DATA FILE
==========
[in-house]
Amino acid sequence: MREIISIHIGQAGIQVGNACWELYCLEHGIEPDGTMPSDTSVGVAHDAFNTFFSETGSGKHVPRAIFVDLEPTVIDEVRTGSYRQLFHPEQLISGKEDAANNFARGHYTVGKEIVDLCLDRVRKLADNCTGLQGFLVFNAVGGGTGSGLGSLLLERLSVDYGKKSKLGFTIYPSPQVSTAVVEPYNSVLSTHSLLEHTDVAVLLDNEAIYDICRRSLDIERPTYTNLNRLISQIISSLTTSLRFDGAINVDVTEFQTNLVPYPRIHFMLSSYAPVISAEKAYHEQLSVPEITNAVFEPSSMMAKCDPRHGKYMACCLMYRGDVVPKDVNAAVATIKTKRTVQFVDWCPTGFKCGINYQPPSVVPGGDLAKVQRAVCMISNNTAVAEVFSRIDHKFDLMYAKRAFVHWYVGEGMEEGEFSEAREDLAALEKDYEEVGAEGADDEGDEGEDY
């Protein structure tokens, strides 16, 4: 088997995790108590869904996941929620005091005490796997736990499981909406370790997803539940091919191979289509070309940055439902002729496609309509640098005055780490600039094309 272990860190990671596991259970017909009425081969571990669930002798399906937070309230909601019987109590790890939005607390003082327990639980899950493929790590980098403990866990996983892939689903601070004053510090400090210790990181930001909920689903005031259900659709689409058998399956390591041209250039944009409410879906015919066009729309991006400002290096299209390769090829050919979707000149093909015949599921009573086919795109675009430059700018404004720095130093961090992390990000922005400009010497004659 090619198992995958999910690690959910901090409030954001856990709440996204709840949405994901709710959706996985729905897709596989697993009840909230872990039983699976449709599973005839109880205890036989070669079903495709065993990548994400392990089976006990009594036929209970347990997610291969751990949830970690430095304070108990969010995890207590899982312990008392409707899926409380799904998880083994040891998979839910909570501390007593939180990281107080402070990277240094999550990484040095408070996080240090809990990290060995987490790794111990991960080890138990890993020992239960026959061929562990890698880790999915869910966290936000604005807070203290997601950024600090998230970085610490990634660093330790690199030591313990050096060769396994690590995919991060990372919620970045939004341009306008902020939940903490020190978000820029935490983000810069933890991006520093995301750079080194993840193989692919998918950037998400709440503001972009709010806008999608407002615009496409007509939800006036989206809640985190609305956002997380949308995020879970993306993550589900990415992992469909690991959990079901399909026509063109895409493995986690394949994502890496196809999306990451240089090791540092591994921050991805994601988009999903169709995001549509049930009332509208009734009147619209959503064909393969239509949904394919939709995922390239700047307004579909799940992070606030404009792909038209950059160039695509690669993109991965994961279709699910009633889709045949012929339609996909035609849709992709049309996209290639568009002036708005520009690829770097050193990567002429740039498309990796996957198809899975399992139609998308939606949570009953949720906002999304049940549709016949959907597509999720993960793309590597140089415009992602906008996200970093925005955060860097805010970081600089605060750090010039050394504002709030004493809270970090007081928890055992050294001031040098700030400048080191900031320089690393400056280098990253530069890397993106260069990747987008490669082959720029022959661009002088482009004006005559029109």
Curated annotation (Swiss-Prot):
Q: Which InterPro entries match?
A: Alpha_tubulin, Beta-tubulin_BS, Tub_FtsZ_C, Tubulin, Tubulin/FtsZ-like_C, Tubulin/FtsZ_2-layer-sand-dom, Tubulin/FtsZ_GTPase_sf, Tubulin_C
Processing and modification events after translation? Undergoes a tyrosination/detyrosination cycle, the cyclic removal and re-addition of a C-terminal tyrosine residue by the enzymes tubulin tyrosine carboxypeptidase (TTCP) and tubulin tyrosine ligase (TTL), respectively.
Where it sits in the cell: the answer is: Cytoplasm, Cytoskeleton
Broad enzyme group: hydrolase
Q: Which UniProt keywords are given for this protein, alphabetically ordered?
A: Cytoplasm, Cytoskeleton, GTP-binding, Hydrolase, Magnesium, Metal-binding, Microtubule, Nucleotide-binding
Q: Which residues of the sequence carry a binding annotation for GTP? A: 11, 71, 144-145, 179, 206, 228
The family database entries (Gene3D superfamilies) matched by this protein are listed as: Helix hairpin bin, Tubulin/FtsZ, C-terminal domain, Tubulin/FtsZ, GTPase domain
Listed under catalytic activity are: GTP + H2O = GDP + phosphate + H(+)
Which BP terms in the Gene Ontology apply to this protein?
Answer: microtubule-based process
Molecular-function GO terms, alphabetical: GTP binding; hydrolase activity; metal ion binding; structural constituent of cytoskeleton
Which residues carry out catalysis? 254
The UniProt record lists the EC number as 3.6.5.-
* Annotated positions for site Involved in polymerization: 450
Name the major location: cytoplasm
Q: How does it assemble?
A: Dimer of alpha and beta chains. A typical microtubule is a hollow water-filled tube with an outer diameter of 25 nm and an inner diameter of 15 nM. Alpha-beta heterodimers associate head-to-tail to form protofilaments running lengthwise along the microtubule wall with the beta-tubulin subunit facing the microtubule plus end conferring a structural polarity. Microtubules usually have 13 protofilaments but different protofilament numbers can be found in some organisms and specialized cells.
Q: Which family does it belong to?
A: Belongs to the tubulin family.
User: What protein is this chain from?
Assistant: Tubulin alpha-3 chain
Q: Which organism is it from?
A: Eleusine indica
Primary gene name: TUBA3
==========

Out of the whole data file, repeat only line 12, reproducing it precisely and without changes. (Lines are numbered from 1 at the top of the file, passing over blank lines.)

Q: Which residues of the sequence carry a binding annotation for GTP? A: 11, 71, 144-145, 179, 206, 228